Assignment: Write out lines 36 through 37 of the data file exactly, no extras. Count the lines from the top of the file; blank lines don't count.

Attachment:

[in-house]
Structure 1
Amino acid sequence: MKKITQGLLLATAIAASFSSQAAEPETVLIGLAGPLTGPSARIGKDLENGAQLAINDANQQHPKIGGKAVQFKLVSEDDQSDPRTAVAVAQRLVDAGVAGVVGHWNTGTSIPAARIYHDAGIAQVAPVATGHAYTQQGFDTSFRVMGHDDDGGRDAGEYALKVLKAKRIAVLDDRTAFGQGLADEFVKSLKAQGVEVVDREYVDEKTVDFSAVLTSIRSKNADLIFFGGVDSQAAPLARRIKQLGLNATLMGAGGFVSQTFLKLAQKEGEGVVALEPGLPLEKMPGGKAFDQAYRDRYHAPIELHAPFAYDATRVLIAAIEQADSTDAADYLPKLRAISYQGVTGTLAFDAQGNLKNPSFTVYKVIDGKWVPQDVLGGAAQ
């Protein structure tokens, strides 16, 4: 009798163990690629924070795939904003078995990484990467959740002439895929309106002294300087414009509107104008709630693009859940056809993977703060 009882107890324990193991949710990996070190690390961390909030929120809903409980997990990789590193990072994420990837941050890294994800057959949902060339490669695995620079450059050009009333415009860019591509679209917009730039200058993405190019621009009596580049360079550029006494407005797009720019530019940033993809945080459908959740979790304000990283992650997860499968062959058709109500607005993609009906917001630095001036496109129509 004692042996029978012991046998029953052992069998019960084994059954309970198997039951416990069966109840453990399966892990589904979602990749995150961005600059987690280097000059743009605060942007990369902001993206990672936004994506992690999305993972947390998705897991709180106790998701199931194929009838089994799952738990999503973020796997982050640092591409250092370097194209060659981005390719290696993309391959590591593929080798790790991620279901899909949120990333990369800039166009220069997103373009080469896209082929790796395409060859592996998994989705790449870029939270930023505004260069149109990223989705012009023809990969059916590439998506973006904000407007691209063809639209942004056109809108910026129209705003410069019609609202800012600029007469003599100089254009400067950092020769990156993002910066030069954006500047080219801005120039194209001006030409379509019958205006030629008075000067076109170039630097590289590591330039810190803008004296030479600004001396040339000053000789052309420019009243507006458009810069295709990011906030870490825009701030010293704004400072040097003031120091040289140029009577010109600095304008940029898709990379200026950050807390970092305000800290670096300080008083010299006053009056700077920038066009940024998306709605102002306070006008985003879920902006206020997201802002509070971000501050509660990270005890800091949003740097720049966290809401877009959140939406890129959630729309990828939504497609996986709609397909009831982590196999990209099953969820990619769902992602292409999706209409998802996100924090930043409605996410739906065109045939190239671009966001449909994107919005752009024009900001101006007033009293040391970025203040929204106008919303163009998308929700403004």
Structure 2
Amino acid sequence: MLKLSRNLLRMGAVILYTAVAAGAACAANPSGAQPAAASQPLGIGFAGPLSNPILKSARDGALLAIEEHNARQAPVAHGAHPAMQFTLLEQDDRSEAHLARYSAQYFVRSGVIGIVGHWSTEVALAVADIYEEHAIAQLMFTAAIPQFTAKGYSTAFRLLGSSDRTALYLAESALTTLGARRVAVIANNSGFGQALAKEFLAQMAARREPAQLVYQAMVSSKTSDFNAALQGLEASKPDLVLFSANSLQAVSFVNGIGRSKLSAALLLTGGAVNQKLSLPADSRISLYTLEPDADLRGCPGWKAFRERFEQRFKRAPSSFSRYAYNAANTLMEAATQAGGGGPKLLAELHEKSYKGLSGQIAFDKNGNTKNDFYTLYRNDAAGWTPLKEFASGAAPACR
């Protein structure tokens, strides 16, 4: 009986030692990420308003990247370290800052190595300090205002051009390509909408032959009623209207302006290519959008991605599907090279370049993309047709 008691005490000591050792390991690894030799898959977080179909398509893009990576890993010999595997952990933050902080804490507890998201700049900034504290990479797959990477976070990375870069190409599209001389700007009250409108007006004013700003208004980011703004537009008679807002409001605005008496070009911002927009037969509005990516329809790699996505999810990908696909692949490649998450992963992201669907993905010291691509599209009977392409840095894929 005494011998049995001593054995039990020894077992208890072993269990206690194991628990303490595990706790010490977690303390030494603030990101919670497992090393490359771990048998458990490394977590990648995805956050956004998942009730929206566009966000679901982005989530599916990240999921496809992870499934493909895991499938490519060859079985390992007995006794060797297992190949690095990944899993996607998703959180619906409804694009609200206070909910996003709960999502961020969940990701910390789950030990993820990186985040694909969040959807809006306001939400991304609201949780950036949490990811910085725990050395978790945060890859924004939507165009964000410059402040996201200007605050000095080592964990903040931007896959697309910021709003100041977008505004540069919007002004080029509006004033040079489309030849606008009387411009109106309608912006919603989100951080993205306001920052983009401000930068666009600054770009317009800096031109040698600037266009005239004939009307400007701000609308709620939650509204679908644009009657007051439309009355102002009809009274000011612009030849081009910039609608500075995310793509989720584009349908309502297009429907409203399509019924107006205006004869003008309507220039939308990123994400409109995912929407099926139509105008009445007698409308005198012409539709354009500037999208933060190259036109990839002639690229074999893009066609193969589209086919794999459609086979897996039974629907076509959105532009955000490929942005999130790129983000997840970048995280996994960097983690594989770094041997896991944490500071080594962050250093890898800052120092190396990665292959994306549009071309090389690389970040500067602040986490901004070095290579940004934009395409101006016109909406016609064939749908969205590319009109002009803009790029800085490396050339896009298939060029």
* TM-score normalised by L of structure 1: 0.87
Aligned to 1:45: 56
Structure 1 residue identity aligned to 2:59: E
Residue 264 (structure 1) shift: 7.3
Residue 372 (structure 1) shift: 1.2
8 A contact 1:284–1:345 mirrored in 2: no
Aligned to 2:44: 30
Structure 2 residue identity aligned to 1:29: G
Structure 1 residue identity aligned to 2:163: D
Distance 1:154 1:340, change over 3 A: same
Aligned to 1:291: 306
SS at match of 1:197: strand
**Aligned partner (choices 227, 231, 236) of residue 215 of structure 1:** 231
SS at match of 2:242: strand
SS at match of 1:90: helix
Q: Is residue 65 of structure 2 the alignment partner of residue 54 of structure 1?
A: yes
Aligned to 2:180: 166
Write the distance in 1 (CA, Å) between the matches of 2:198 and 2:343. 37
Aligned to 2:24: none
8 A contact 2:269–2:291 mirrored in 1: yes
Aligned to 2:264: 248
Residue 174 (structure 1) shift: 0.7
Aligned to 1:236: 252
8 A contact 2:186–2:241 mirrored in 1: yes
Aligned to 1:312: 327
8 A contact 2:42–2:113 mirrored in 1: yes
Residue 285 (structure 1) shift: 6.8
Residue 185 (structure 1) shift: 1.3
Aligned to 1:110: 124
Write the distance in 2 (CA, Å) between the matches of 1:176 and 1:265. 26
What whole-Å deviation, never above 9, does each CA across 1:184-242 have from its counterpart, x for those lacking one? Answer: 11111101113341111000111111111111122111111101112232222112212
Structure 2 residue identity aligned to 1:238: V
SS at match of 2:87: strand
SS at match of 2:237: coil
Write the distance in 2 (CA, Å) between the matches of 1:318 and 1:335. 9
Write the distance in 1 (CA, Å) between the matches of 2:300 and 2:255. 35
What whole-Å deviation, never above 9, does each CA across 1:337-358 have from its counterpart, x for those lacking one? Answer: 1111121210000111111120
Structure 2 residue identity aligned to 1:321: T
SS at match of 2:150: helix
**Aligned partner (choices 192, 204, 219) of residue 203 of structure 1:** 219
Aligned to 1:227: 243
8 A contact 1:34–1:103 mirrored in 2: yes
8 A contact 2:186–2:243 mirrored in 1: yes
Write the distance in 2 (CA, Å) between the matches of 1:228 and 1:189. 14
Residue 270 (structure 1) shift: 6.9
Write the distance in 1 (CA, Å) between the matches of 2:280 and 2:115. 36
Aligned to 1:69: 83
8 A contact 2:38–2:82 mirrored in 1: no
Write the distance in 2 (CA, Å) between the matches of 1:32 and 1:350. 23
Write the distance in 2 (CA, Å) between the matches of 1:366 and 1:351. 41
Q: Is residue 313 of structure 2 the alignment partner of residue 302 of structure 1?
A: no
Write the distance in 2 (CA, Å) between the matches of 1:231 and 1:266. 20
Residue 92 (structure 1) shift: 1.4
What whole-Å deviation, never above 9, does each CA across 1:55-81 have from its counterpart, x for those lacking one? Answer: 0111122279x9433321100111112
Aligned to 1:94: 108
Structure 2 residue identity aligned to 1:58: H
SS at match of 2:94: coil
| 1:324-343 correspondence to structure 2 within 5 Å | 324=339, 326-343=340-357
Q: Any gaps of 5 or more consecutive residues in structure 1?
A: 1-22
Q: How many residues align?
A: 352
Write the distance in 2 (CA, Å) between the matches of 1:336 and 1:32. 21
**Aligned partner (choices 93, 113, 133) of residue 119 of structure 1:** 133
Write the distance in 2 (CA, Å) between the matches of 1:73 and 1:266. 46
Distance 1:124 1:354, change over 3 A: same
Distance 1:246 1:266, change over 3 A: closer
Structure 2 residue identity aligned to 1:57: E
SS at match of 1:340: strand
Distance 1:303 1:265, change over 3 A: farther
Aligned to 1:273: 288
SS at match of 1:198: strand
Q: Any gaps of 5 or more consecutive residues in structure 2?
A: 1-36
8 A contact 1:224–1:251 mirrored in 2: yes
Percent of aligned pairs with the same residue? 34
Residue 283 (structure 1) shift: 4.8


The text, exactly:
Residue 185 (structure 1) shift: 1.3
Aligned to 1:110: 124